As people of faith, we have the opportunity to share our relational journey with others. We can share with them how we struggle, what we have learned, and how we have encountered the living God in our life situations and difficulties. We can learn things about ourselves and God on this journey, and then share what we have learned with the significant people in our lives. And we can include them in our journey with the Triune God through prayer for them and with them.

At different times and at the perfect moment, God puts people in our lives with whom he wants us to share our journey of faith. He creates opportunities for us to share with these people what we have learned about Abba, Jesus, and the Spirit, and what we have learned about ourselves. He puts us in situations where the only answer we can give to another person is Jesus Christ, and so we respond to this reality by praying in his name for the blessing of God upon this person in the midst of their troubles or their joy.

And so we find ourselves interconnected in relationships of compassion, grace, and love. We grow close to each other, and our differences in personalities and preferences come into play, causing us to have to wrestle with and work them out with one another. What we are doing is growing up in Christ—growing up into the type of persons who can and will live together in eternity with one another in a oneness in which each is able to be distinctly themselves, and yet in which each is found to be equal in person and being with the others. This is a true reflection of the being of the God who is Abba, Jesus, and Holy Spirit.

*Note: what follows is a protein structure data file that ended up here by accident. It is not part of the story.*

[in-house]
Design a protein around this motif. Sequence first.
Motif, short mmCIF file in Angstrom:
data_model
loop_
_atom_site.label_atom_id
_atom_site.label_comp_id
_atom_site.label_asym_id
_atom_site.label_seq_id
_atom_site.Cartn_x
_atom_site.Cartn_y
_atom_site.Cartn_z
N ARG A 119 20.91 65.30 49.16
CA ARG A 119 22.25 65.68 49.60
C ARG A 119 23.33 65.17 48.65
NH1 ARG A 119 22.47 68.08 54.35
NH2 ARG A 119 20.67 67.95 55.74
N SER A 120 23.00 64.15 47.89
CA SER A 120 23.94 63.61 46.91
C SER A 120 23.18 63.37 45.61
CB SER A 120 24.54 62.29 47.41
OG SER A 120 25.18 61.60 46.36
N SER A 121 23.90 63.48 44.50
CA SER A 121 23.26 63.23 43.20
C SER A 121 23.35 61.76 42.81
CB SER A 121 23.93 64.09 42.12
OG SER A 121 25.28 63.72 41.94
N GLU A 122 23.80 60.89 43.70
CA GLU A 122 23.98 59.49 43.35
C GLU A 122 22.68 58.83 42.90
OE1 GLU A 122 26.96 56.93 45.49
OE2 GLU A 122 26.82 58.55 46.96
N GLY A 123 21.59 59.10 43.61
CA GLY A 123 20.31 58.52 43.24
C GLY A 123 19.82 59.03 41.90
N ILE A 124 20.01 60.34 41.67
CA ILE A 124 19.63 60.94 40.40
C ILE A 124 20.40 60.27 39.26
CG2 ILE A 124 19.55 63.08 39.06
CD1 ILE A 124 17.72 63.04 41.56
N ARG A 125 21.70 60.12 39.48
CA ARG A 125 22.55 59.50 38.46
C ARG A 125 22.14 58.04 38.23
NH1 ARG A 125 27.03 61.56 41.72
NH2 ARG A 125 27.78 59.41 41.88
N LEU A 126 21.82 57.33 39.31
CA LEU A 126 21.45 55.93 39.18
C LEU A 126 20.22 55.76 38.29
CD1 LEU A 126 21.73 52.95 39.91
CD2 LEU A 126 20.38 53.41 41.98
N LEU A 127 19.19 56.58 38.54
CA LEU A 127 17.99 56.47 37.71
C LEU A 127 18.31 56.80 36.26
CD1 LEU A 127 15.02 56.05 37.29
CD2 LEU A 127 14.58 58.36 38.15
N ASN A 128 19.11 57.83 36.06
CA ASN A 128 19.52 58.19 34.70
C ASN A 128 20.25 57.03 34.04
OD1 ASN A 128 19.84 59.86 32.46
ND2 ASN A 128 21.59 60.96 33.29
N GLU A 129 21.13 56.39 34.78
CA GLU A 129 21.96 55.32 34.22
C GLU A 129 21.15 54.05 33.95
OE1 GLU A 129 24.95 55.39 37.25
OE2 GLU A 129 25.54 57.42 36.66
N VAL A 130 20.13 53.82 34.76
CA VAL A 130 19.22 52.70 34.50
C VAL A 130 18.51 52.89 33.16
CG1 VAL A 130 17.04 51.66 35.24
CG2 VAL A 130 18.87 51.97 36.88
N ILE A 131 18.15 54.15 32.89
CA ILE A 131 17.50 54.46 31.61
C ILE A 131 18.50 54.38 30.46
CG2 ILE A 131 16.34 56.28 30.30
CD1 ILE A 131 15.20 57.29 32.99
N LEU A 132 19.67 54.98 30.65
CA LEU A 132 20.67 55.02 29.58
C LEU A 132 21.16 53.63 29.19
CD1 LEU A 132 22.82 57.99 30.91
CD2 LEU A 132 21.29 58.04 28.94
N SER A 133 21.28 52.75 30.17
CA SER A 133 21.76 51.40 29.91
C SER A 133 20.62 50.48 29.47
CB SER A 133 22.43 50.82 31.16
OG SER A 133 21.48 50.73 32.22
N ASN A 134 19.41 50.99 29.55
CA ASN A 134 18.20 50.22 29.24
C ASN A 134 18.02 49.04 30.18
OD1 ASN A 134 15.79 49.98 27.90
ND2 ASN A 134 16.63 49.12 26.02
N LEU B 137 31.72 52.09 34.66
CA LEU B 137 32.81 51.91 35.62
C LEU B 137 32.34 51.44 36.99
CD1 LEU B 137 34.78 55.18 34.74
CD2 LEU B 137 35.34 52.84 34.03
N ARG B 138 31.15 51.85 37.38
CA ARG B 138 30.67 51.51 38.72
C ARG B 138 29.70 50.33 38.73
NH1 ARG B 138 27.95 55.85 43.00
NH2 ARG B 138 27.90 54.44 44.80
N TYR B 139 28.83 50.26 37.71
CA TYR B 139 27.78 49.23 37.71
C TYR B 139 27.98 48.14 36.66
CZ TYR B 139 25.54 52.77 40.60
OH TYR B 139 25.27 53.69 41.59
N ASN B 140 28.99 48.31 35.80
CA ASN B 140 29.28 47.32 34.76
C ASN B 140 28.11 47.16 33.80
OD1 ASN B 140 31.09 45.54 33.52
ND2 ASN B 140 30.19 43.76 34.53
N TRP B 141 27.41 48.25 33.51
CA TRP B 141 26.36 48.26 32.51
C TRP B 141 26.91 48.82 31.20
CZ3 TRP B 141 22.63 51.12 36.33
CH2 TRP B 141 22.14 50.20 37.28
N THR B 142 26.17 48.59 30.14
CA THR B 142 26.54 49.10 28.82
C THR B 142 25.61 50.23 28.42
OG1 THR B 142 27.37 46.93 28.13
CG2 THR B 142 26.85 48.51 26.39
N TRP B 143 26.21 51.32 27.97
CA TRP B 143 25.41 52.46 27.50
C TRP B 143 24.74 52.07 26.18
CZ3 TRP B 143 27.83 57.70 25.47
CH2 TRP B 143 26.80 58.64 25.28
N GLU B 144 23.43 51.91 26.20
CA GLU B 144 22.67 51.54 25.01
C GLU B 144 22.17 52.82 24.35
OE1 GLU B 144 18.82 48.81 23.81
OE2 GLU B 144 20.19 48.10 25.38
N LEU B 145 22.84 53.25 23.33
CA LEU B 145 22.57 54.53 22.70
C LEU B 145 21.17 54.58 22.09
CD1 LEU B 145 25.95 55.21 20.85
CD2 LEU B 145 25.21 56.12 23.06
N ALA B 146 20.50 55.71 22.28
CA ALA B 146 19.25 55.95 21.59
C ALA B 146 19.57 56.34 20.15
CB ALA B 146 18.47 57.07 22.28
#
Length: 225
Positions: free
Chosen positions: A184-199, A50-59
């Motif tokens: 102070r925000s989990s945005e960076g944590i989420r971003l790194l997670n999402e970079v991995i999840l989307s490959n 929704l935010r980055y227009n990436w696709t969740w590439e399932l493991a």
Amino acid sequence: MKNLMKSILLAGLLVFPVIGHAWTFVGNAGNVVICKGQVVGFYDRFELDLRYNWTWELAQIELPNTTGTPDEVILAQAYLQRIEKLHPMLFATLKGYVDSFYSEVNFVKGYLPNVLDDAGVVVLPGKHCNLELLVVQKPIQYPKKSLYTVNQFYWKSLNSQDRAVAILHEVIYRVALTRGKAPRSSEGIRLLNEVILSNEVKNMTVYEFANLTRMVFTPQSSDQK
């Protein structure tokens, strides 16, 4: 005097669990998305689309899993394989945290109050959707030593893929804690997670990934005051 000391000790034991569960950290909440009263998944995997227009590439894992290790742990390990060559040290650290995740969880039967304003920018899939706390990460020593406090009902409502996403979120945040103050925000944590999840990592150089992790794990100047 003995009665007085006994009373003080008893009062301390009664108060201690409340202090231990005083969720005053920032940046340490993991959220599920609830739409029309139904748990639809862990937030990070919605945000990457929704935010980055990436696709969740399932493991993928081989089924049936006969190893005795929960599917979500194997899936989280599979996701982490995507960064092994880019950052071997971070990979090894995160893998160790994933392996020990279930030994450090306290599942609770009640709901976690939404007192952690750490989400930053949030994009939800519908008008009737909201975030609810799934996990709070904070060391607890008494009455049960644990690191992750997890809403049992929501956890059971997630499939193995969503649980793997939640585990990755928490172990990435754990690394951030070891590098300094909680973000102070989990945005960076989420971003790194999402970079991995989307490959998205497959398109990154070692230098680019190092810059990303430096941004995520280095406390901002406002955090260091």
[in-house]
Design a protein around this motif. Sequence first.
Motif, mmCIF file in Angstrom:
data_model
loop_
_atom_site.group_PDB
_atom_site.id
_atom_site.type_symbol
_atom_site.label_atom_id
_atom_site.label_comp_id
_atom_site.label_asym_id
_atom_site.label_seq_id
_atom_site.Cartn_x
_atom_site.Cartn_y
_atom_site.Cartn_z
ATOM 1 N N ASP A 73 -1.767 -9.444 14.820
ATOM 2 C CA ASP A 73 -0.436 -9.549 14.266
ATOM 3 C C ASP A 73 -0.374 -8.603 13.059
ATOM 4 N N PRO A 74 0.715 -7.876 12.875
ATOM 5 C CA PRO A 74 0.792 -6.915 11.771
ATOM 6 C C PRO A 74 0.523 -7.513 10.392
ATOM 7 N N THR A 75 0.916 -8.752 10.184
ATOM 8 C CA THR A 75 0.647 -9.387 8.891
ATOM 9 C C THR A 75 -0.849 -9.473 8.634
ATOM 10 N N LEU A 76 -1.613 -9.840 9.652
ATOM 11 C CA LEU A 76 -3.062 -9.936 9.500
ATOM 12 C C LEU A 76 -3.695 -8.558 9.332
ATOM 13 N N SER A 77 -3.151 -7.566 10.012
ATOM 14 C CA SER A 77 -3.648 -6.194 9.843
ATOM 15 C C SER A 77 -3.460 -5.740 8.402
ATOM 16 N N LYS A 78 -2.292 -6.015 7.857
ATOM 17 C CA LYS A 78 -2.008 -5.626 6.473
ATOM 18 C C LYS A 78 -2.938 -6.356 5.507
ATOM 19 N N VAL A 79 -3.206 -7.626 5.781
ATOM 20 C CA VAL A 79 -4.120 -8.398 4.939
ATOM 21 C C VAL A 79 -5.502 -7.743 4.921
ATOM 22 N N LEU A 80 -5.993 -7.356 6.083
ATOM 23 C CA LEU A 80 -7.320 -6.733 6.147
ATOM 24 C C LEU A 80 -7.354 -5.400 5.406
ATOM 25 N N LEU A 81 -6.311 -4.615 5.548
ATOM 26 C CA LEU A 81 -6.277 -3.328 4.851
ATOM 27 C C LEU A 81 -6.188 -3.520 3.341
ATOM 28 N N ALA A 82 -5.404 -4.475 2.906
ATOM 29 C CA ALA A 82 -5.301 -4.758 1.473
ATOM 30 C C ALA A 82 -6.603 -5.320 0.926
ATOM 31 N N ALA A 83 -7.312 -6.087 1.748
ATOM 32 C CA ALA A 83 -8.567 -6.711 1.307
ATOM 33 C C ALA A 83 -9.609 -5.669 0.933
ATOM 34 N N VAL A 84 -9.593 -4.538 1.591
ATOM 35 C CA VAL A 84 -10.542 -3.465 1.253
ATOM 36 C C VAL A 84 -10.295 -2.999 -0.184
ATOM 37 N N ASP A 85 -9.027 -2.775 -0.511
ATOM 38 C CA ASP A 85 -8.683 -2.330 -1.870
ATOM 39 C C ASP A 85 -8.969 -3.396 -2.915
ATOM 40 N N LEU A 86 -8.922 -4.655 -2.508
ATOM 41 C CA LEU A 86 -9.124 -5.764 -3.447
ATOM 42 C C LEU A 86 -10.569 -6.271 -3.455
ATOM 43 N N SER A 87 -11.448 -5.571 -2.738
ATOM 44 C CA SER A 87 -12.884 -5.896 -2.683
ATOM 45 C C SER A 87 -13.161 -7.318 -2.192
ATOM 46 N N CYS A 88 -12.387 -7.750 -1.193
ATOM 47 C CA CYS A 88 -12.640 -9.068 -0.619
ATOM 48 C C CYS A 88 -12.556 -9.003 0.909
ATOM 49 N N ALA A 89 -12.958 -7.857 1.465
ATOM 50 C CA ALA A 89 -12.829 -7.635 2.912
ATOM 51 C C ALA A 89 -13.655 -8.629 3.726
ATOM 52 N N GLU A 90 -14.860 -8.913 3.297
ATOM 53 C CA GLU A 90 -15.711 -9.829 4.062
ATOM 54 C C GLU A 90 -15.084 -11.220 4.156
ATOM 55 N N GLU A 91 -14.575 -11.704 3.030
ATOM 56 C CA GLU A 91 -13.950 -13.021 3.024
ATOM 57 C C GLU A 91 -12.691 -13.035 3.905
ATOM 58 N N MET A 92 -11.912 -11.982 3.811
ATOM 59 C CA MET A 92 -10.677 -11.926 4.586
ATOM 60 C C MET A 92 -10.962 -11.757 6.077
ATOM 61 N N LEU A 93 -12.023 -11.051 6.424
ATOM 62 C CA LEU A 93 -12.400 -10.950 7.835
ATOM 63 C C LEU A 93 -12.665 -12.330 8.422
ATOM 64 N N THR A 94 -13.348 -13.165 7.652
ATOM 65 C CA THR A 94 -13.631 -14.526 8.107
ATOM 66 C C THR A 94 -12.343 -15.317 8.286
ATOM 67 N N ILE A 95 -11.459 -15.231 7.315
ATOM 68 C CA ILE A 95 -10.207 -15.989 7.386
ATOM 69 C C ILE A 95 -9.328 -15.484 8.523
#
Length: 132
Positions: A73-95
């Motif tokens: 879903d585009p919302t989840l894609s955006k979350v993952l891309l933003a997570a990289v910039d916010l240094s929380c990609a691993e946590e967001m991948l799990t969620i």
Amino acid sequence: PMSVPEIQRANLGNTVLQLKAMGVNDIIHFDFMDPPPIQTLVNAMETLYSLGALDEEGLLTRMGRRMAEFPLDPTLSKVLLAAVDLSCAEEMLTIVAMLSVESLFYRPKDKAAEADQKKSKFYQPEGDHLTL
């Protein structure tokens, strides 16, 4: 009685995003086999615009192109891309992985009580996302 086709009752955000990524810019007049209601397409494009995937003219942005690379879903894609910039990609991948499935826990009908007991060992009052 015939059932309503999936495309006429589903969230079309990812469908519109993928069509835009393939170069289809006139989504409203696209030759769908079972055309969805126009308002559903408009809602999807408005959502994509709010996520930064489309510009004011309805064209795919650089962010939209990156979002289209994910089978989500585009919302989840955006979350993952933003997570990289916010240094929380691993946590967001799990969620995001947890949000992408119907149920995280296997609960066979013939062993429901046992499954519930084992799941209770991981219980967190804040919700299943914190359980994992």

Yes, this life is but the beginning of a relational journey which will last for all eternity. If we insist on living independently of others, or on preying on others, or on creating division and suffering in our relationships, we will find ourselves isolated, alone, and uncomfortable in a place where God’s goodness, love and grace reign. Missing those material goods and temporal values we clung to in this life, we will feel lost and devastated—something God never meant for us to have to experience.

It’s not easy to open ourselves up to God or others, but it’s what we were created to be—relational beings. When we make room for God and others in our lives, and we acknowledge our utter dependence upon God in each moment, living in the truth of who we are in Christ, we will find ourselves not only filled with God’s peace and joy, but also held by God in the midst of the struggles and griefs of this life. And we will want to tell others about what God has done and is doing in our lives.

This is the life God created for us in Christ and is calling us to share in. This is the eternal life which is ours and we can participate in even now when we turn to Jesus Christ. My prayer is that each of us will begin to see more clearly Abba’s face in the face of his Son Jesus by his Spirit, and that our hearts and lives will be transformed in the process. There is such joy, peace, and personal blessing available to each of us, and God wants us to experience them both now and forever, and so do I.